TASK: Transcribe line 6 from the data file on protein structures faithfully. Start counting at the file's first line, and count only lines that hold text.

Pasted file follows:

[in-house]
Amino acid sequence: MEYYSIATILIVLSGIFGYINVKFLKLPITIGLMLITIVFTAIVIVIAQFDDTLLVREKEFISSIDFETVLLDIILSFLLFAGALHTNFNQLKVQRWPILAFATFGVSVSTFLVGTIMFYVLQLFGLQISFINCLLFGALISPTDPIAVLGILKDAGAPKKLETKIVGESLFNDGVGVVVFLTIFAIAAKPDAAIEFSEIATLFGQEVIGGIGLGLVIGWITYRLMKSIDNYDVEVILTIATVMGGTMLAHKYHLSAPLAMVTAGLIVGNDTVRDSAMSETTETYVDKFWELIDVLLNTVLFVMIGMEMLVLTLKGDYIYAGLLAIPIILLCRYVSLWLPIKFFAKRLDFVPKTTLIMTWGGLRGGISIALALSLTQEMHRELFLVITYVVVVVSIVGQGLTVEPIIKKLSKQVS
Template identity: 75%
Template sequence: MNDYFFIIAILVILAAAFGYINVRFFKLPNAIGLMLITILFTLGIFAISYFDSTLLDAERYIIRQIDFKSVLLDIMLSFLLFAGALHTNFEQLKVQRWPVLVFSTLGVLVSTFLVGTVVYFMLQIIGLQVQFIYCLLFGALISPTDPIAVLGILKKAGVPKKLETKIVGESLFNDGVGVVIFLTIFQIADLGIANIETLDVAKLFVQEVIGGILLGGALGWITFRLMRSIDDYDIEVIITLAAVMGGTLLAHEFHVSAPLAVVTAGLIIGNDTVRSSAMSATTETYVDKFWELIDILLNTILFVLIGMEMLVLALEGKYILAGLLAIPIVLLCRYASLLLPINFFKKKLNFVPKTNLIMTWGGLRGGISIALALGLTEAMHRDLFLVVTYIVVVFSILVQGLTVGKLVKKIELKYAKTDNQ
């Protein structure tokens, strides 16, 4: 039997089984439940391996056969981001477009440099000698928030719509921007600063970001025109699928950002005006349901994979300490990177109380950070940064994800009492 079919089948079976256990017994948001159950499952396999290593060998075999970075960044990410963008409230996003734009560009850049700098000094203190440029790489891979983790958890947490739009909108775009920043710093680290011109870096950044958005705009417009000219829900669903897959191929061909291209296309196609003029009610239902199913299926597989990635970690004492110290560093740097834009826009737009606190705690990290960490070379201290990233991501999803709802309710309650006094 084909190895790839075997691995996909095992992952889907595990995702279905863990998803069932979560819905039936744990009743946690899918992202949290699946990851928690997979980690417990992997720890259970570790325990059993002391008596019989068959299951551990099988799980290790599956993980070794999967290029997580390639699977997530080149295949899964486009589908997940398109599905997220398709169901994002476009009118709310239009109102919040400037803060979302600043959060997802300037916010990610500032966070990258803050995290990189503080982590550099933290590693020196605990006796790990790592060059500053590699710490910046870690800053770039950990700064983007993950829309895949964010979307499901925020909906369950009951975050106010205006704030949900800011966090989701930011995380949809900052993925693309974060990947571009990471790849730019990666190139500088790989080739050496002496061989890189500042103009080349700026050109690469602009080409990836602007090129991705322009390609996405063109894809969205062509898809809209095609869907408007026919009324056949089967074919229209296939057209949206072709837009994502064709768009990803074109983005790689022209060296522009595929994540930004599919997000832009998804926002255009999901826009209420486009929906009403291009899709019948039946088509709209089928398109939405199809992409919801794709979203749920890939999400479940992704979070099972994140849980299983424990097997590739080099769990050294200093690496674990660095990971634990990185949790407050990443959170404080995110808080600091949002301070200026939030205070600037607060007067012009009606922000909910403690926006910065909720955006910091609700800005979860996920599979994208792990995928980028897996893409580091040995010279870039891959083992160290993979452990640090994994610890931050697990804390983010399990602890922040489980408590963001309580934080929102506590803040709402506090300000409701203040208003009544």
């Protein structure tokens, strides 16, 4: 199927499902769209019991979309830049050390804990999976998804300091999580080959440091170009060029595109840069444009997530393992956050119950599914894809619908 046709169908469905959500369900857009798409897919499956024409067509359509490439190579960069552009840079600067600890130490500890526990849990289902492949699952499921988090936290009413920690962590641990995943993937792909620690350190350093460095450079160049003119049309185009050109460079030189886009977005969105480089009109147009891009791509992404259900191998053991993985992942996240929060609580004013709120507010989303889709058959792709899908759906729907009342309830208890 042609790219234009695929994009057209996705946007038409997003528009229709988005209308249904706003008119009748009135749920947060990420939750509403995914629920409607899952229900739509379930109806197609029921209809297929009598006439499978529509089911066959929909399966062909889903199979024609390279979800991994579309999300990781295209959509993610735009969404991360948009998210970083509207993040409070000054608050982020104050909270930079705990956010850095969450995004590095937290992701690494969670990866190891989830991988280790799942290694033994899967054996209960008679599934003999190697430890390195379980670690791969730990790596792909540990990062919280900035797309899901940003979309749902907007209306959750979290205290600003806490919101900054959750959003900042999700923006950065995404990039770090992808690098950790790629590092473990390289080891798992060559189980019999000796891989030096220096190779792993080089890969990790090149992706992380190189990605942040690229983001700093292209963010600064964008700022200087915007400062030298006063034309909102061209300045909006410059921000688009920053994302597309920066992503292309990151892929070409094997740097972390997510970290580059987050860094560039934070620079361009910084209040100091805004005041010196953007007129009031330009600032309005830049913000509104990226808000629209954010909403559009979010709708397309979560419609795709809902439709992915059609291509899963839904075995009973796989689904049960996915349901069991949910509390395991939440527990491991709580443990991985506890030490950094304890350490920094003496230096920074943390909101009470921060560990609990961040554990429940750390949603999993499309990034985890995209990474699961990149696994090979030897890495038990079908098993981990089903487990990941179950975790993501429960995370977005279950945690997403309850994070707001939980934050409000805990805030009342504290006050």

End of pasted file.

């Protein structure tokens, strides 16, 4: 199927499902769209019991979309830049050390804990999976998804300091999580080959440091170009060029595109840069444009997530393992956050119950599914894809619908 046709169908469905959500369900857009798409897919499956024409067509359509490439190579960069552009840079600067600890130490500890526990849990289902492949699952499921988090936290009413920690962590641990995943993937792909620690350190350093460095450079160049003119049309185009050109460079030189886009977005969105480089009109147009891009791509992404259900191998053991993985992942996240929060609580004013709120507010989303889709058959792709899908759906729907009342309830208890 042609790219234009695929994009057209996705946007038409997003528009229709988005209308249904706003008119009748009135749920947060990420939750509403995914629920409607899952229900739509379930109806197609029921209809297929009598006439499978529509089911066959929909399966062909889903199979024609390279979800991994579309999300990781295209959509993610735009969404991360948009998210970083509207993040409070000054608050982020104050909270930079705990956010850095969450995004590095937290992701690494969670990866190891989830991988280790799942290694033994899967054996209960008679599934003999190697430890390195379980670690791969730990790596792909540990990062919280900035797309899901940003979309749902907007209306959750979290205290600003806490919101900054959750959003900042999700923006950065995404990039770090992808690098950790790629590092473990390289080891798992060559189980019999000796891989030096220096190779792993080089890969990790090149992706992380190189990605942040690229983001700093292209963010600064964008700022200087915007400062030298006063034309909102061209300045909006410059921000688009920053994302597309920066992503292309990151892929070409094997740097972390997510970290580059987050860094560039934070620079361009910084209040100091805004005041010196953007007129009031330009600032309005830049913000509104990226808000629209954010909403559009979010709708397309979560419609795709809902439709992915059609291509899963839904075995009973796989689904049960996915349901069991949910509390395991939440527990491991709580443990991985506890030490950094304890350490920094003496230096920074943390909101009470921060560990609990961040554990429940750390949603999993499309990034985890995209990474699961990149696994090979030897890495038990079908098993981990089903487990990941179950975790993501429960995370977005279950945690997403309850994070707001939980934050409000805990805030009342504290006050």